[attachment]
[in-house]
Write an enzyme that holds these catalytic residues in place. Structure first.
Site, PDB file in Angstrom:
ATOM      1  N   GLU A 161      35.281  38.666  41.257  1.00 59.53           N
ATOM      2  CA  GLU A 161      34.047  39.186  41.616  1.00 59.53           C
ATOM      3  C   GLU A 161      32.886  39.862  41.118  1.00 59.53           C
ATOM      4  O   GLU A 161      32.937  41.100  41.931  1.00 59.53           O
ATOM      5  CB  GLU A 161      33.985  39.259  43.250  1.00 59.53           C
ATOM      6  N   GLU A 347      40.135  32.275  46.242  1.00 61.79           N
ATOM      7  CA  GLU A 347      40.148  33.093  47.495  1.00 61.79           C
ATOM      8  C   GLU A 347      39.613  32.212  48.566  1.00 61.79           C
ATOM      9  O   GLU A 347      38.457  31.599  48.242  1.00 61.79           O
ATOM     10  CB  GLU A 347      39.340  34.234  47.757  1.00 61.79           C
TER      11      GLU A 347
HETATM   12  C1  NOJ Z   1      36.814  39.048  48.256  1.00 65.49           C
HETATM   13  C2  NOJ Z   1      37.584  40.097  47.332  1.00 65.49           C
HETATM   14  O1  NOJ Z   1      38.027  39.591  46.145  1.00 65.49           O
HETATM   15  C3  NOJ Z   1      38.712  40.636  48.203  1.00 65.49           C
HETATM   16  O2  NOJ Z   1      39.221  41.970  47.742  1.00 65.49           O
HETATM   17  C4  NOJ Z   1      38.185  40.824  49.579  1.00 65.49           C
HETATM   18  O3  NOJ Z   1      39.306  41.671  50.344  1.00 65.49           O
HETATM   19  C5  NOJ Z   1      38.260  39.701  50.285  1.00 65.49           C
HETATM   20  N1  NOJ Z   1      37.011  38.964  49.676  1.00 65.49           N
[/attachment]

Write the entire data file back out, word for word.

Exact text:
[in-house]
Write an enzyme that holds these catalytic residues in place. Structure first.
Site, PDB file in Angstrom:
ATOM      1  N   GLU A 161      35.281  38.666  41.257  1.00 59.53           N
ATOM      2  CA  GLU A 161      34.047  39.186  41.616  1.00 59.53           C
ATOM      3  C   GLU A 161      32.886  39.862  41.118  1.00 59.53           C
ATOM      4  O   GLU A 161      32.937  41.100  41.931  1.00 59.53           O
ATOM      5  CB  GLU A 161      33.985  39.259  43.250  1.00 59.53           C
ATOM      6  N   GLU A 347      40.135  32.275  46.242  1.00 61.79           N
ATOM      7  CA  GLU A 347      40.148  33.093  47.495  1.00 61.79           C
ATOM      8  C   GLU A 347      39.613  32.212  48.566  1.00 61.79           C
ATOM      9  O   GLU A 347      38.457  31.599  48.242  1.00 61.79           O
ATOM     10  CB  GLU A 347      39.340  34.234  47.757  1.00 61.79           C
TER      11      GLU A 347
HETATM   12  C1  NOJ Z   1      36.814  39.048  48.256  1.00 65.49           C
HETATM   13  C2  NOJ Z   1      37.584  40.097  47.332  1.00 65.49           C
HETATM   14  O1  NOJ Z   1      38.027  39.591  46.145  1.00 65.49           O
HETATM   15  C3  NOJ Z   1      38.712  40.636  48.203  1.00 65.49           C
HETATM   16  O2  NOJ Z   1      39.221  41.970  47.742  1.00 65.49           O
HETATM   17  C4  NOJ Z   1      38.185  40.824  49.579  1.00 65.49           C
HETATM   18  O3  NOJ Z   1      39.306  41.671  50.344  1.00 65.49           O
HETATM   19  C5  NOJ Z   1      38.260  39.701  50.285  1.00 65.49           C
HETATM   20  N1  NOJ Z   1      37.011  38.964  49.676  1.00 65.49           N